Steve: The simplest answer is that I have to.  The impulse to create and communicate what I’ve created is extremely intense for me. It feels like I have to do it or I would shrivel inside. But I also do it because I believe I’m supposed to do it.  I believe that God has gifted me with music because music is one of the many ways God loves the world, and that I (among others) have been set aside to express this particular kind of love. Btw, I also believe that you have been chosen to express some aspect of God’s love. And I really do think that people are happiest when they discover how it is that God wants to love the world through them, and then order their lives accordingly. It’s not the same way for everyone – and for some it’s more glamorous than others, I suppose – but only on the surface.  I’ve met people who, when you are with them, you feel happy; somehow special, uniquely loved.  It is their natural gift to make you feel that way. They’ll never get paid for it – they will not likely become famous because of it – but the world is a better place because of them.

        Students: What do you think about S.O.P.A.? (Stop Online Piracy Act)

        Steve: I haven’t read the act personally, so I can’t say anything of value about this particular legislation.  But I worry about a society that has to debate whether or not to allow one person to steal from another. Only a society in serious moral decline would even have this conversation.

In civilized society, it is generally allowed that if one person conceives of a product and invests in its production, they have a right to compensation from those who would use it. The whole economy is based on this premise.  If Ford motor company conceives of a car called a Fiesta, and invests money to turn that idea into a reality, it is widely accepted that I should have to pay a fair price if I wanted to have one.  Now… if suddenly it was discovered that there was a way to turn a Ford Fiesta into digital information that could be sent across the Internet and reformed in multiple places… should the car then be available for free?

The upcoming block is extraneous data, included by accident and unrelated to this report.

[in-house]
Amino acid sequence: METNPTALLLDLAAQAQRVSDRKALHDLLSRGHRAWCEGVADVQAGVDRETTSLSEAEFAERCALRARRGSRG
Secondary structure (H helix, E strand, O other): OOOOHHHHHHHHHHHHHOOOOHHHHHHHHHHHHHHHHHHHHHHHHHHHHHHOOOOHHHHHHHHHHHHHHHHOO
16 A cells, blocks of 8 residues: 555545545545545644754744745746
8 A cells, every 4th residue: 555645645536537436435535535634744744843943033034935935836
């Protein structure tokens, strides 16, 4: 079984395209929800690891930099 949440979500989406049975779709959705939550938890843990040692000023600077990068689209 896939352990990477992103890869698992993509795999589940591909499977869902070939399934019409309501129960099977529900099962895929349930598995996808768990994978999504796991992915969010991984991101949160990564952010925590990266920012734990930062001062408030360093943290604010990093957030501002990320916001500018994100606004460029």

Students: One of the things that we are looking for is perspective. Can you see that some people think that piracy should not exist now?

        Steve: Let me restate again that in some cases making music available for free on the Internet is just good marketing. But only the owner of the product has a right to make that call. Piracy is piracy.  A society that wishes to remain healthy and viable over the long haul needs to guard and protect the basic building blocks of healthy economy, which include rules of fair play.  Personally, I don’t actually think legislation will stop piracy.  But like any law – it reinforces the values of a good society.  Ask yourself this:  Is it, or is it not ok for someone to simply take what is not his or hers to take? If not, then S.O.P.A. is an important reminder for a society that seems to have forgotten what made it prosperous in the first place.

        Students: How did you choose to become a musician?       

1981,Winnipeg Folk Festival. Photo: Henry Kreindler